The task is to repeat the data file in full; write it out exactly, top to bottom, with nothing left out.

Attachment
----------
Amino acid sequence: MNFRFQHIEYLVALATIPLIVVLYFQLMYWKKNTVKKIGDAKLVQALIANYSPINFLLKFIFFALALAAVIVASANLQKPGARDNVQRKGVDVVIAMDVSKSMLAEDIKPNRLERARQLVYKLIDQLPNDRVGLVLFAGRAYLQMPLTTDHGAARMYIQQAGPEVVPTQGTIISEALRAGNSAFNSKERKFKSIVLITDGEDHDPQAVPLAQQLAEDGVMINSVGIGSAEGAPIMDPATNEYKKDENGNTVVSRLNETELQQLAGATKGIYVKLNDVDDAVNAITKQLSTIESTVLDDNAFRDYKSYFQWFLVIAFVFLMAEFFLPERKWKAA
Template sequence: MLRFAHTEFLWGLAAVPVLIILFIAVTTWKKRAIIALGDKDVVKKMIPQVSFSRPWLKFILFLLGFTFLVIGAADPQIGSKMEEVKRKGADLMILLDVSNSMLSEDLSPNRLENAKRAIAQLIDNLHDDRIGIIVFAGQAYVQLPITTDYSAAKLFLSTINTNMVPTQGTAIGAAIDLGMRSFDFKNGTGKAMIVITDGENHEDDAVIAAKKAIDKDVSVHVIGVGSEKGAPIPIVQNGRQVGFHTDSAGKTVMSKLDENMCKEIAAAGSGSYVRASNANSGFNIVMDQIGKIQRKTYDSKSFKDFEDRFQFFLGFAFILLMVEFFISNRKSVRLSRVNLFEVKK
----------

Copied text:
Amino acid sequence: MNFRFQHIEYLVALATIPLIVVLYFQLMYWKKNTVKKIGDAKLVQALIANYSPINFLLKFIFFALALAAVIVASANLQKPGARDNVQRKGVDVVIAMDVSKSMLAEDIKPNRLERARQLVYKLIDQLPNDRVGLVLFAGRAYLQMPLTTDHGAARMYIQQAGPEVVPTQGTIISEALRAGNSAFNSKERKFKSIVLITDGEDHDPQAVPLAQQLAEDGVMINSVGIGSAEGAPIMDPATNEYKKDENGNTVVSRLNETELQQLAGATKGIYVKLNDVDDAVNAITKQLSTIESTVLDDNAFRDYKSYFQWFLVIAFVFLMAEFFLPERKWKAA
Template sequence: MLRFAHTEFLWGLAAVPVLIILFIAVTTWKKRAIIALGDKDVVKKMIPQVSFSRPWLKFILFLLGFTFLVIGAADPQIGSKMEEVKRKGADLMILLDVSNSMLSEDLSPNRLENAKRAIAQLIDNLHDDRIGIIVFAGQAYVQLPITTDYSAAKLFLSTINTNMVPTQGTAIGAAIDLGMRSFDFKNGTGKAMIVITDGENHEDDAVIAAKKAIDKDVSVHVIGVGSEKGAPIPIVQNGRQVGFHTDSAGKTVMSKLDENMCKEIAAAGSGSYVRASNANSGFNIVMDQIGKIQRKTYDSKSFKDFEDRFQFFLGFAFILLMVEFFISNRKSVRLSRVNLFEVKK